“Having a differential pay policy is usually best for consistency purposes,” said Lee, who found that this might look like an additional percentage on an hourly basis, a bonus at the end of the month, or a different pay structure.
People management expert Sophie Theen said that, for example, when she worked at image content platform BOOM, the hiring of multilingual sales representatives had a premium rate salary as per the policy there. “That was because they were hired specially to win businesses and clients within a certain market that we believe would give us an advantage using their language skills,” she said. However, it often depends on other factors too. Tom Connolly, chro at global executive search firm Kingsley Gate Partners, said that they have two clients headquartered in Italy where it’s very important that their U.S. teams can speak Italian, which narrows the candidate pool. They recognize the skill might add 15% to 20% to an offer. On the other hand, they have a Latin America-based client with a U.S. headquarters in Miami. While the Spanish-speaking skills are just as important, the candidate pool is relatively deep so they don’t find themselves needed to pay a significant premium for a bilingual staff.
Before an employer agrees that differential pay is required, most companies work with a third party to do a skills assessment to gauge how fluent someone is. ALTA Language Services, for example, is a business-to-business company that provides language proficiency testing, among other services, across several industries including healthcare, airlines and education.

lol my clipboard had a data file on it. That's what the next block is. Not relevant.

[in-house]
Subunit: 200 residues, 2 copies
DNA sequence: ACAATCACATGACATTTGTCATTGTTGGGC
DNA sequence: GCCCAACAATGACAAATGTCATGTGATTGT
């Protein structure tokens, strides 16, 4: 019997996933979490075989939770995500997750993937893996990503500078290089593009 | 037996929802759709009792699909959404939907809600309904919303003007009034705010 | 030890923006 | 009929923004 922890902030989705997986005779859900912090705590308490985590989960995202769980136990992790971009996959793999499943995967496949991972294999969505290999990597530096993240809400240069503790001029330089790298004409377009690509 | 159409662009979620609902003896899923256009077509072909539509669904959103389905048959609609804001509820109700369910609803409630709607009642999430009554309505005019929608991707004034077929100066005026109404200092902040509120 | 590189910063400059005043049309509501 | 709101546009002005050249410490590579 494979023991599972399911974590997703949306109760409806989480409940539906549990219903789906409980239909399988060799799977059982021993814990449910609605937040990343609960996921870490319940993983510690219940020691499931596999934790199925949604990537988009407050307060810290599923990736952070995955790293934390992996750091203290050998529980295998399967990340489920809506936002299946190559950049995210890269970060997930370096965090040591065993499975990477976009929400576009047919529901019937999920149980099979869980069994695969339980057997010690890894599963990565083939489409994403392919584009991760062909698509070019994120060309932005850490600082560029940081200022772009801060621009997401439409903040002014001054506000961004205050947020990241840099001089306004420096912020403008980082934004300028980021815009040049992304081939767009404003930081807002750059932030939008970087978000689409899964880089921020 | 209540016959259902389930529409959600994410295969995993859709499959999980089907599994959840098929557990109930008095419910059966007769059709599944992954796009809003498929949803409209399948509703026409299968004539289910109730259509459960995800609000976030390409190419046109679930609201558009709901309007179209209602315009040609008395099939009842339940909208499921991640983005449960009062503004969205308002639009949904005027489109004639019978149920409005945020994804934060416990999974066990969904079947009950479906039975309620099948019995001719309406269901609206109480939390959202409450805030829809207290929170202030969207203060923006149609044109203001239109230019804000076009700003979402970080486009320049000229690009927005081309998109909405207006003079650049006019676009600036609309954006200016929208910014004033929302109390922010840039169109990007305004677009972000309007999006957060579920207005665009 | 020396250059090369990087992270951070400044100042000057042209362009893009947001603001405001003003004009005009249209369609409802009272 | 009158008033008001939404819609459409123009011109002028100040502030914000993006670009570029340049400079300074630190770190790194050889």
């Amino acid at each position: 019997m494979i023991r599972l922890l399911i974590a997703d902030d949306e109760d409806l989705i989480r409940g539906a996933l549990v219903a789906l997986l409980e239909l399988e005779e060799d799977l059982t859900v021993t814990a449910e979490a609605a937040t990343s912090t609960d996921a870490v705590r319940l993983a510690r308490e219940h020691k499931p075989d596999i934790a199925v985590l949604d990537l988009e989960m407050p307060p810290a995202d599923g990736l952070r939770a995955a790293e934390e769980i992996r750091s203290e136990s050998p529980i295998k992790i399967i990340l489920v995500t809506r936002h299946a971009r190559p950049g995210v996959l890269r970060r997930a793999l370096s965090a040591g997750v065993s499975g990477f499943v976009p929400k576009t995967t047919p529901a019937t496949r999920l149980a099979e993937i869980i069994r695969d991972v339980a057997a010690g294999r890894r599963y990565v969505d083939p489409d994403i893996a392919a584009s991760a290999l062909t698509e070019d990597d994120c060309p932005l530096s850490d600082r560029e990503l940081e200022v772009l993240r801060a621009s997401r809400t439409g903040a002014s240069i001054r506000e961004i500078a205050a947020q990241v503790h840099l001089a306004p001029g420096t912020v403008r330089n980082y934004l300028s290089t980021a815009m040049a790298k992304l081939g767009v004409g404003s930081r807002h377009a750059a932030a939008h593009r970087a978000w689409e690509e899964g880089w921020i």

“It’s important to test people pre-employment and get an understanding of what language skills they have and then pay them fairly,” said Nicole Tavarez, director of sales at ALTA, who is also bilingual herself. Although someone might be able to speak two languages, it doesn’t necessarily mean that they have the skills to be a translator or interpreter, she said. The latter also requires a higher level of written and verbal skills, respectively.
“Testing gives an employer the assurance that someone has the language skills they say they do,” said Tavarez. Having that solid evidence could help an employee vouch for the pay they think is fair depending on the skills they have.
If someone ends up speaking more of another language that wasn’t originally intended, Theen encourages them to speak with management. “If it is proven that they have been consistently asked to use their second language to bring more success to the company and the outcome has been obvious, then I would recommend they raise it with their manager as a proposed role change,” said Theen. “It is the same example as someone who was hired as an individual contributor but is now managing two new people, you would have expected the natural next step is to ask for recognition for this role change. So, if the language is a skill that is expected to bring more growth, then this in fact is a role change or role expansion, which certainly warrants a pay change.”
Similar to whenever someone asks for a pay increase, Lee encourages that individual to come prepared with compiled data on how much they are using that skill at work, what others make in similar roles, and why they believe they should be compensated additionally for it.